Presentation on theme: "1 Vipul Goyal Abhishek Jain UCLA On the Round Complexity of Covert Computation."— Presentation transcript:
1 Vipul Goyal Abhishek Jain UCLA On the Round Complexity of Covert Computation
2 Covert Computation Strengthening of the notion of secure computation, introduced by Ahn-Hopper-Langford’05 Talk about privacy of not just input but also whether a party participated in the protocol or not Covert computation has similar relation to secure computation as stenographic communication has to encrypted communication
3 Example: Secret Handshake Two (secret) hackers on the internet I suspect he is a member of the hacker group as well. Secure 2pc?
4 Example: Secret Handshake Lets run 2pc to see if we are both hackers he is a hacker!!
5 Secret Handshake contd.. If only there was a better protocol
6 Ideally Internet is such a great resource, I learn so much Completely agree, helps me get good grades in college We are both hackers !!
7 Covert Computation Parties talk as usual and hide protocol messages in the normal “innocent looking” conversation In the end, if: –everyone participated –output favorable (certificates matched) output and participation revealed to everyone Else, nobody knows who participated (parties just see normal messages)
8 More technically The protocol messages “hidden” in the innocent conversation need to look random (otherwise participation revealed) [vAHL05] Thus: design an MPC protocol w/ messages indistinguishable from random (except when everyone participating and function output favorable, final messages will not look random) Various standard tools like ZK break down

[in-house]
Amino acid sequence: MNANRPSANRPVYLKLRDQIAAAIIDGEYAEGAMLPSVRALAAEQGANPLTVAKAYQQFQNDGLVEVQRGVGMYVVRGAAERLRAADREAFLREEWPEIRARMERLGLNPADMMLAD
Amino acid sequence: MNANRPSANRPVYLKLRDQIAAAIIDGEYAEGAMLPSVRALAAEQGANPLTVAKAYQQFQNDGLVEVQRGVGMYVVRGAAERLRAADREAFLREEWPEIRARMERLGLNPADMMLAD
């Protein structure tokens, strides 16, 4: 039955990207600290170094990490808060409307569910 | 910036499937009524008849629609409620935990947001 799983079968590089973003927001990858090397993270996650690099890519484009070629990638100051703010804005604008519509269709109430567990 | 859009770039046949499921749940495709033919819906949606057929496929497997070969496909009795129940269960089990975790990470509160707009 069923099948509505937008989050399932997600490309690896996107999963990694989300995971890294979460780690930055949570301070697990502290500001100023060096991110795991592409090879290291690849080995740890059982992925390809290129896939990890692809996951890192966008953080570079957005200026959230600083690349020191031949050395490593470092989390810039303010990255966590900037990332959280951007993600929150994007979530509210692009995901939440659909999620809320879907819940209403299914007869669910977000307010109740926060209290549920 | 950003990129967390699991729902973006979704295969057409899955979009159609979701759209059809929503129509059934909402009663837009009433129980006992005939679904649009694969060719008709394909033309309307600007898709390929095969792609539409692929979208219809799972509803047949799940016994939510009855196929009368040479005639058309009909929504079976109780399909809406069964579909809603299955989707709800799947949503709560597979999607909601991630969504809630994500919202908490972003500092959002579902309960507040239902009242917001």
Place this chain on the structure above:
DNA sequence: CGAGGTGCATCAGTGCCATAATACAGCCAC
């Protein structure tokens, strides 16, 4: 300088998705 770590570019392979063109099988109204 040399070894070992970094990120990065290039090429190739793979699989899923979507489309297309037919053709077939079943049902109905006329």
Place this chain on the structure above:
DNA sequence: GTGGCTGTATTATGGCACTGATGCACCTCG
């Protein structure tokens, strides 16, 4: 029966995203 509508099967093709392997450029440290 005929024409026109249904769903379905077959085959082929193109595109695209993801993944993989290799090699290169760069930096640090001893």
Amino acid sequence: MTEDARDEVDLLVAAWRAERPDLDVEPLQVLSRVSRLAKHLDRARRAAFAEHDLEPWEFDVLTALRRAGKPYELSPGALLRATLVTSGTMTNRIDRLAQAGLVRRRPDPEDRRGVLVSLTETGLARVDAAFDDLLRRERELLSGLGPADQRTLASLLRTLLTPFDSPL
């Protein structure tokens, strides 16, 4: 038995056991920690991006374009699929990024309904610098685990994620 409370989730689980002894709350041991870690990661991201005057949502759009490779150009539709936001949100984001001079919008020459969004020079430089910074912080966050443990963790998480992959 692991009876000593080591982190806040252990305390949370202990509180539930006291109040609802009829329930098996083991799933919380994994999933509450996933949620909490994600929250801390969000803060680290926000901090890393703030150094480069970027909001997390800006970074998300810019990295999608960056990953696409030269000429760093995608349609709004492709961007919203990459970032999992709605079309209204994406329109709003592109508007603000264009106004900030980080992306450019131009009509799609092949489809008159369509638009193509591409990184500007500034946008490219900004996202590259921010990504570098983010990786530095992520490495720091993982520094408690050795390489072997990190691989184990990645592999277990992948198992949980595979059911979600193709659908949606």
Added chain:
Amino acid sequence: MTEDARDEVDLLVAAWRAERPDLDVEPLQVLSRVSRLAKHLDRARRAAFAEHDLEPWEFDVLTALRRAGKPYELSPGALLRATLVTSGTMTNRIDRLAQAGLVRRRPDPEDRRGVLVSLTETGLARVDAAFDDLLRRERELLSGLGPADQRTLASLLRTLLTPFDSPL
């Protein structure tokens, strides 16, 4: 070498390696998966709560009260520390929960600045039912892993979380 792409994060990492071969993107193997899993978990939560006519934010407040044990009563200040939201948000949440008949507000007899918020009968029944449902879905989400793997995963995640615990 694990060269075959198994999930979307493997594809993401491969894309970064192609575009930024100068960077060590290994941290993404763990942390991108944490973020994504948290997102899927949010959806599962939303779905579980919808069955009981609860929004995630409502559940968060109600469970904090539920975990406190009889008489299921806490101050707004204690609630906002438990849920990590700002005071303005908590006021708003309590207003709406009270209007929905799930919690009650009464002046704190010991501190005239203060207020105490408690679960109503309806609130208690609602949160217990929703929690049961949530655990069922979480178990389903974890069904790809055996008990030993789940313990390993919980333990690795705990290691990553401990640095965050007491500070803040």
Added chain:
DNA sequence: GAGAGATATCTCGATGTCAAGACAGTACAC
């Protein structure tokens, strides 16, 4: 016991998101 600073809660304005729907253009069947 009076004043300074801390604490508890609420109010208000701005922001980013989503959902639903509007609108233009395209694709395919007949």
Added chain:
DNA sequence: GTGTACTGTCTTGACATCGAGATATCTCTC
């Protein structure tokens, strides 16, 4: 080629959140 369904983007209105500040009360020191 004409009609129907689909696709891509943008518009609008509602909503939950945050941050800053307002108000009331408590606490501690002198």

9 Covert Computation Ahn-Hopper-Langford’05: two party Chandran-Goyal-Ostrovsky-Sahai’07: multi-party assuming a broadcast channel Polynomial number of rounds (in s.p., depth of circuit) This work: focus on round complexity, feasibility for point to point channels
10 Covert MPC w/ point to point channels Point to point channel: communication using, e.g., individual emails (as opposed to a mailing list) –Standard techniques for MPC w/ point to point channels inherently break down Internet is such a great resource, I learn so much he said the same thing!!
11 Our Results We first consider the round complexity of covert computation: –w/ black-box simulation: constant round covert two-party computation impossible –non black-box simulation: constant round covert multi- party computation. Techniques: two slot simulation technique [Pass’04, Barak’01] crypto in NC0 [Applebaum-Ishai-Kushilevitz’04] We observe that our constant round MPC protocol inherits bounded concurrency from Pass’04 –use this to show feasibility for covert MPC w/ point to point channels for a constant number of parties
12 Covert MPC w/ Point to Point Channels Recall: we need protocol to run w/o more than 2 parties agreeing on a message x1x1 x2x2 x3x3 (x 1, x 2 )
13 High level idea contd.. S 2-bounded 4-bounded (x 1, …, x 4 ) (x 5, …, x 8 ) A C B D